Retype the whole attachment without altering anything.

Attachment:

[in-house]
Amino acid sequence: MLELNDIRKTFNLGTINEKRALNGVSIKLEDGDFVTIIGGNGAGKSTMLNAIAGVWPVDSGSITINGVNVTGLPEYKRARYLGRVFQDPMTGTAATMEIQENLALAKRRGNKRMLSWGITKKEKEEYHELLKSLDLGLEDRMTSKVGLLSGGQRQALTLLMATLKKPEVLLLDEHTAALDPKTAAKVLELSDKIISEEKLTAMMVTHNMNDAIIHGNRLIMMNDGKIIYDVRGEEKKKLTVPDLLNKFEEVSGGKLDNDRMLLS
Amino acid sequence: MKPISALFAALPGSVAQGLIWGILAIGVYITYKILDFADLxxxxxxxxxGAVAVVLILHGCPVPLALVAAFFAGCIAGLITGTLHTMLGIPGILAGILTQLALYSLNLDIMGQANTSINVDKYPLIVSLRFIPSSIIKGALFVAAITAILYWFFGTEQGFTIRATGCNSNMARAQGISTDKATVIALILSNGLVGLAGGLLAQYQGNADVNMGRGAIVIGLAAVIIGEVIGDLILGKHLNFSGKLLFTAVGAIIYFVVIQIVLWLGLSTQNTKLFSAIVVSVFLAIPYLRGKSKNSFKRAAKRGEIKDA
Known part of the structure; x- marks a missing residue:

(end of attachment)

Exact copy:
[in-house]
Amino acid sequence: MLELNDIRKTFNLGTINEKRALNGVSIKLEDGDFVTIIGGNGAGKSTMLNAIAGVWPVDSGSITINGVNVTGLPEYKRARYLGRVFQDPMTGTAATMEIQENLALAKRRGNKRMLSWGITKKEKEEYHELLKSLDLGLEDRMTSKVGLLSGGQRQALTLLMATLKKPEVLLLDEHTAALDPKTAAKVLELSDKIISEEKLTAMMVTHNMNDAIIHGNRLIMMNDGKIIYDVRGEEKKKLTVPDLLNKFEEVSGGKLDNDRMLLS
Amino acid sequence: MKPISALFAALPGSVAQGLIWGILAIGVYITYKILDFADLxxxxxxxxxGAVAVVLILHGCPVPLALVAAFFAGCIAGLITGTLHTMLGIPGILAGILTQLALYSLNLDIMGQANTSINVDKYPLIVSLRFIPSSIIKGALFVAAITAILYWFFGTEQGFTIRATGCNSNMARAQGISTDKATVIALILSNGLVGLAGGLLAQYQGNADVNMGRGAIVIGLAAVIIGEVIGDLILGKHLNFSGKLLFTAVGAIIYFVVIQIVLWLGLSTQNTKLFSAIVVSVFLAIPYLRGKSKNSFKRAAKRGEIKDA
Known part of the structure; x- marks a missing residue: